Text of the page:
Poetry as Medicine: The Healing Capacities of Writing

An Interview With Poet T.W. Sia

by Jonah Meyer, Poetry Editor

 “To me, poems became the most concentrated reflections of our most prickly stories—the kind that we beg someone will be generous enough to listen to, but also the kind that makes us fear our own vulnerability.”

–T.W. Sia


Thank you, T.W., for taking the time to speak with me. To begin, could you please share with us some of the personal background story regarding you and your family, having immigrated from Myanmar to the United States?

Sure! My immediate family, including myself, was born in Yangon, Myanmar. Over time, we each immigrated to the United States: first some distant relatives, then me and my mother, then my father and sisters, then some more distant relatives, until we became a multigenerational household here in California.

Though I didn’t grow up in Myanmar, I held a deep relationship to Burmese culture from that cramped apartment we lived in for over 15 years. More than just the food I grew up on, the language I spoke, or the fact that we spent almost every weekend at a pagoda—my parents raised me like they were raised in Myanmar. I picked up so many intangibles (that I think often get viciously homogenized and oversimplified by words like “values” or “principles” or “idiosyncrasies”), some of which I seek to illustrate in my poems published here. I think many immigrants to America, whether from Southeast Asia or not, can identify with this sentiment and story.

But, a key piece of my own immigration experience was leaving home, just as my parents had. After growing up and spending 15 years of my life in the same 30-mile radius, I spent about 5 years bouncing around different parts of the East Coast. To me, though I didn’t leave a country behind, I left a home.

My own “immigration,” or the process of lifting my roots and trying to lay new ones down, became a rather large formative experience for my poetry. I began questioning how heavy (or light) roots were. Imagining and re-imagining my self and future-self. Letting my queerness be explored. Most importantly, I began to question, “What makes a home, or a family, or a self?”

How and when did you begin writing poetry? What is it about the particular literary genre which appeals to you?

I don’t think I liked poetry very much growing up. Without blaming my high school teachers, I can say I only understood poetry in two extremes: obscure riddles or sappy clichés. Neither resonated with me.

Actually, around this time, one of the first boys who gave me romantic attention wrote me a love poem. (He is now a brilliant poet whose poems are so tender and shaking.) Though I really appreciated his gesture, I remember feeling lost on how to receive the poem. Part of me knew it was a kind and special thing he had done, but the greater part of me was also aware that I couldn’t grasp the gesture in its full. To this day, I am waiting until I am a poet who is enough to return a poem thanking him for his.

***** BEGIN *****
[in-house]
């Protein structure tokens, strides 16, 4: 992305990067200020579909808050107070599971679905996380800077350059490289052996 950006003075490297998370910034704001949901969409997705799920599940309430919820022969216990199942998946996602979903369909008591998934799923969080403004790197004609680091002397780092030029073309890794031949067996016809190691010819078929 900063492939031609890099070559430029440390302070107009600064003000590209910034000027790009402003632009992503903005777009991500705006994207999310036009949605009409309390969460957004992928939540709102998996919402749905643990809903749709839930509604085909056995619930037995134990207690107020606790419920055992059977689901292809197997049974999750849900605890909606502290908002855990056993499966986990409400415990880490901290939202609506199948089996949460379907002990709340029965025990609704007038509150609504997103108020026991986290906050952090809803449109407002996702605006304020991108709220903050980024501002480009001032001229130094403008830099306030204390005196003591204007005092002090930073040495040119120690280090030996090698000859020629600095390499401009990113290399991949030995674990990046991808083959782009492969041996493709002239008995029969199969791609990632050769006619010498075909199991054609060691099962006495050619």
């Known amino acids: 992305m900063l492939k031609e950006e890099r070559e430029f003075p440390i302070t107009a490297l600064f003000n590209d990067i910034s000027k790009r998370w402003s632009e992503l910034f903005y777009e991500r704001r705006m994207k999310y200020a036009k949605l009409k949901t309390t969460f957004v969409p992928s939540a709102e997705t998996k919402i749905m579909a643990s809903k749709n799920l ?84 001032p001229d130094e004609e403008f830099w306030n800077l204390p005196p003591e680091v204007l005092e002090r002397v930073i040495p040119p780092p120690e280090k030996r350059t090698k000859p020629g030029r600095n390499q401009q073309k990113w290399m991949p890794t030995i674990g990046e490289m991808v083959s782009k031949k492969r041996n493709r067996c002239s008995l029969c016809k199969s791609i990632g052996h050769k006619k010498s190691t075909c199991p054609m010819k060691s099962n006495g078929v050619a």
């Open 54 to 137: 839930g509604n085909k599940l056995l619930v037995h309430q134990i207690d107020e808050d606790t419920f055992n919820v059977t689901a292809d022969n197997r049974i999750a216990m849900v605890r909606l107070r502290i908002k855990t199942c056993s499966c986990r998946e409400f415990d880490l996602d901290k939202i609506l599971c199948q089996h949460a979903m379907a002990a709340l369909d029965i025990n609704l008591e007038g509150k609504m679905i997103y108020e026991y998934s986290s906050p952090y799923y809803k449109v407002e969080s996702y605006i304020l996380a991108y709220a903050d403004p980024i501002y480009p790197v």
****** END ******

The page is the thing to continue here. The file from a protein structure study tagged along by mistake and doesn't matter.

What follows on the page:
Fast forward to my first semester at Swarthmore College, I found myself in Modern American Poetry with Peter Schmidt (who would later be one of the first to hear my first poem, which is now lost to some hard drive shoved in a suitcase underneath my bed). Somewhere in the process of my mid-semester paper, something special clicked with me. In poetry, I found a unique expression of intimacy that I had never seen before. That summer, I bought my very first poetry book (“Night Sky With Exit Wounds,” by Ocean Vuong). I was a low-income student at the time, so this purchase was nontrivial to me.

Over time, I became more involved with poetry groups in my community, many of which were predominantly queer people of color (shout out to Swarthmore OASIS). To me, poems became the most concentrated reflections of our most prickly stories—the kind that we beg someone will be generous enough to listen to, but also the kind that makes us fear our own vulnerability.

At this point of my life, I was really reckoning with some internal instabilities, which was really the catalyst. From leaving home, to beginning to unravel and understand my queerness, that is when I began to really write poetry.

Can you tell me a little about the differences—and similarities—between poetry in Southeast Asia and that of the United States? How is poetry regarded in Myanmar? The role of the poet? The role of poetry in society?

As a part of the Myanmar’s tumultuous, long (and current) history of political violence and war, poetry has evolved to be a language of resistance and resilience. I’ve read a lot of poems centered on political critique and the grieving of a country. Even in the face of the censorship, imprisonment, and execution of poets, poetry in Myanmar has persisted (in part thanks to the internet) as a voice of dissent and an expression of pain.

I want to be clear, my own engagement with poetry was a fairly late bloom, long after I left Myanmar. Therefore, I cannot, in good conscience, say how poetry is viewed in Myanmar today. However, what I can say is that the story of poetry in Myanmar is an important one.